High-frequency Word Lists
A core of known high frequency words is a valuable resource as students build their reading and writing processes. As required by our Texas Essential Knowledge and Skills (TEKS), students are expected to use the relationships between letters and sounds, spelling patterns, and morphological analysis to decode words, including being able to:
- Kinder: Identify and read at least 25 high-frequency words from a commonly used list.
- First Grade: Identify and read at least 100 high-frequency words from a commonly used list.
- Second Grade: Identify and read at least 300 high-frequency words from a commonly used list.
What are High Frequency Words?
High frequency words are quite simply those words which occur most frequently in spoken and written language. Most high frequency words follow a regular phonetic pattern. Some examples include the words can, he, came, no, and play. For most high frequency words, developing readers can use letter/sound correspondences, spelling patterns, morphological analysis, and spelling rules to decode these words.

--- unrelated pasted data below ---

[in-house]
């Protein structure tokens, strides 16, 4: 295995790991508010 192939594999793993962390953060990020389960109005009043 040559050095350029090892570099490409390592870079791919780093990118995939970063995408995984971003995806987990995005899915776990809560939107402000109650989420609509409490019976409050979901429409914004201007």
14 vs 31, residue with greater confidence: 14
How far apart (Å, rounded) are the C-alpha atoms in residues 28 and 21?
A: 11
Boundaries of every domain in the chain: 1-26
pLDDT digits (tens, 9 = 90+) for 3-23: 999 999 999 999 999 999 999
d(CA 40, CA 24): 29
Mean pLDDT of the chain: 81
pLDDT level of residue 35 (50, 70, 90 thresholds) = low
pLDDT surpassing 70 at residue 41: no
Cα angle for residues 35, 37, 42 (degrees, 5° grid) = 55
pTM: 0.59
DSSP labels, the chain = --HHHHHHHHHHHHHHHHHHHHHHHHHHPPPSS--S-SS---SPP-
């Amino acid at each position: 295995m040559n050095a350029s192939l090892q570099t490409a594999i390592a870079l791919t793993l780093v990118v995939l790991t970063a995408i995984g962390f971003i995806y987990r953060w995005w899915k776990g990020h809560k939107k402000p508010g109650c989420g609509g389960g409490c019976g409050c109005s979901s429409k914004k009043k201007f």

What are Irregular “Heart” Words?
Irregular “heart” words are those words that do not follow phonics patterns. Words such as the, is, to, and are, do not follow commonly taught phonics rules. As a result, these words typically have to be memorized in order to become sight words (so developing readers have to know them by heart). Irregular 'heart' words are indicated by an asterisks (*) on our high frequency word lists.
What are Sight Words?
Sight words are any words recognized and read with automaticity (without having to sound them out). Keep in mind, any word becomes a sight word once it is read and written with automaticity.
Developing Readers as Word Solvers
By becoming conscious word solvers, young readers notice words that appear frequently in the texts they read and eventually their recognition of these words becomes automatic where they recognize the word on sight. In this way, their reading becomes efficient, enabling them to decode words using phonics as well as attend to comprehension. Developing readers increase their sight word database by continuously adding to the core words they know.